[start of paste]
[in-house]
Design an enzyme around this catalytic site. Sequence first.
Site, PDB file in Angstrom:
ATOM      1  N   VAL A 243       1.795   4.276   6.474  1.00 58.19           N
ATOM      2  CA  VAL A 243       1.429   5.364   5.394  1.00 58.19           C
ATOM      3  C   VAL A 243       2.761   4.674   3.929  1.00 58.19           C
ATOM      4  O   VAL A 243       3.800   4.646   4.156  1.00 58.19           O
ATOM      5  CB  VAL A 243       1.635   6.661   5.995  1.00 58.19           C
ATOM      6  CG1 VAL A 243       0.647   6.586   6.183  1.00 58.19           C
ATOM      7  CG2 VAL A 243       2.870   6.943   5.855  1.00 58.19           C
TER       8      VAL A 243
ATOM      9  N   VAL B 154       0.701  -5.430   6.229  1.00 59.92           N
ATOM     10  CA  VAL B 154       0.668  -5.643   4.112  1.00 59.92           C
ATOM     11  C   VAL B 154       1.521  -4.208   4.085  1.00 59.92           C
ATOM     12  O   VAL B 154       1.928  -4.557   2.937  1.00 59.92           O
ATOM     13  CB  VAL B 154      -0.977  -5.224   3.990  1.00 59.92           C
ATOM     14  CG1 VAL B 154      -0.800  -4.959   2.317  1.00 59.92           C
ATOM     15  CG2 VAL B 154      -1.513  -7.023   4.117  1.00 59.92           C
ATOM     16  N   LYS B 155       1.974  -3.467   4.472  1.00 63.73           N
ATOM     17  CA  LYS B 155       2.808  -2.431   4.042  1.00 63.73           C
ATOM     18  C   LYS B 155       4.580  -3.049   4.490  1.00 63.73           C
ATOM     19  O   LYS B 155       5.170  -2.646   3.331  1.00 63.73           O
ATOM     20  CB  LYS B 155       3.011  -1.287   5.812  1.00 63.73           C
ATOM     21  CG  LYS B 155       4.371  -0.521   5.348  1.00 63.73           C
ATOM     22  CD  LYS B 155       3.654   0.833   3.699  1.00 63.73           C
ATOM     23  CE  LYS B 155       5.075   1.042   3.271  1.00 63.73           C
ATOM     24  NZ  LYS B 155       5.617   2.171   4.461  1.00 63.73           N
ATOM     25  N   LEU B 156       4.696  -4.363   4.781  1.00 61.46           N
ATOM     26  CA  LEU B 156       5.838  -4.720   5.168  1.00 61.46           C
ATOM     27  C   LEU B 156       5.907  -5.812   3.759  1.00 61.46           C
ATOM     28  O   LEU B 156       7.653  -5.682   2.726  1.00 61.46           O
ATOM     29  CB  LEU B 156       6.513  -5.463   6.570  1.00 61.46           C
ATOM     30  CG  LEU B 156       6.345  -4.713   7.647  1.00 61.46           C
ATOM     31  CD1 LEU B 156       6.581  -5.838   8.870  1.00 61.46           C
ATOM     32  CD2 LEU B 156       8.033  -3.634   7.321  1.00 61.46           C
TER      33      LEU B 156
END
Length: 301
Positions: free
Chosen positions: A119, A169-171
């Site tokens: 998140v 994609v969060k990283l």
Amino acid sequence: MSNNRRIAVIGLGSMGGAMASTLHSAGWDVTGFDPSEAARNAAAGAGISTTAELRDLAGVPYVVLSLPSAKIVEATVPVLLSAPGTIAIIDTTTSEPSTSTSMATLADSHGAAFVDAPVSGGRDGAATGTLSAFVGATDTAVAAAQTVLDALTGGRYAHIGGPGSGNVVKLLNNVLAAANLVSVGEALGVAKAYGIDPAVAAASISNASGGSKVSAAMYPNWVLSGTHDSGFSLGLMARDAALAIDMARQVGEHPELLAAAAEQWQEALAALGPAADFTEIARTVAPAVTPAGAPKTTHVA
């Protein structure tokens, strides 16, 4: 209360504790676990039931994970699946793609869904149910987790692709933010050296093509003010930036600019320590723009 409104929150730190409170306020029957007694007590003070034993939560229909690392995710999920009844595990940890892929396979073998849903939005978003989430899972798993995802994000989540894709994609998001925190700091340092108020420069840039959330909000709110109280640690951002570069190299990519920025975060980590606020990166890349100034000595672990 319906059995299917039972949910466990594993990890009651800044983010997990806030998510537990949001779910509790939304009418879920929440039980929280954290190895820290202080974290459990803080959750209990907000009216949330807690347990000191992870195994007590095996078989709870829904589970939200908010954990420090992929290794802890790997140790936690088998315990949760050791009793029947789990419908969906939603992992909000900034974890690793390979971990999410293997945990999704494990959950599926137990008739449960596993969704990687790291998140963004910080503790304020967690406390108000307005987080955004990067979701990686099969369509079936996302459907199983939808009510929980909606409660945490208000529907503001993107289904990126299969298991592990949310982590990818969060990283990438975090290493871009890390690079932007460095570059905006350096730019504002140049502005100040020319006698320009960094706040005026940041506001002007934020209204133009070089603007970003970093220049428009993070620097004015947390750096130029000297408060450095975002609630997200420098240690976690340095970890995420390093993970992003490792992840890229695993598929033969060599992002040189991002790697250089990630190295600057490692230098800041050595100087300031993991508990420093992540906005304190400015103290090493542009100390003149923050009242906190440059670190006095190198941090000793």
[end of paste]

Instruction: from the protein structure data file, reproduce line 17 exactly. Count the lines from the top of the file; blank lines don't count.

ATOM     14  CG1 VAL B 154      -0.800  -4.959   2.317  1.00 59.92           C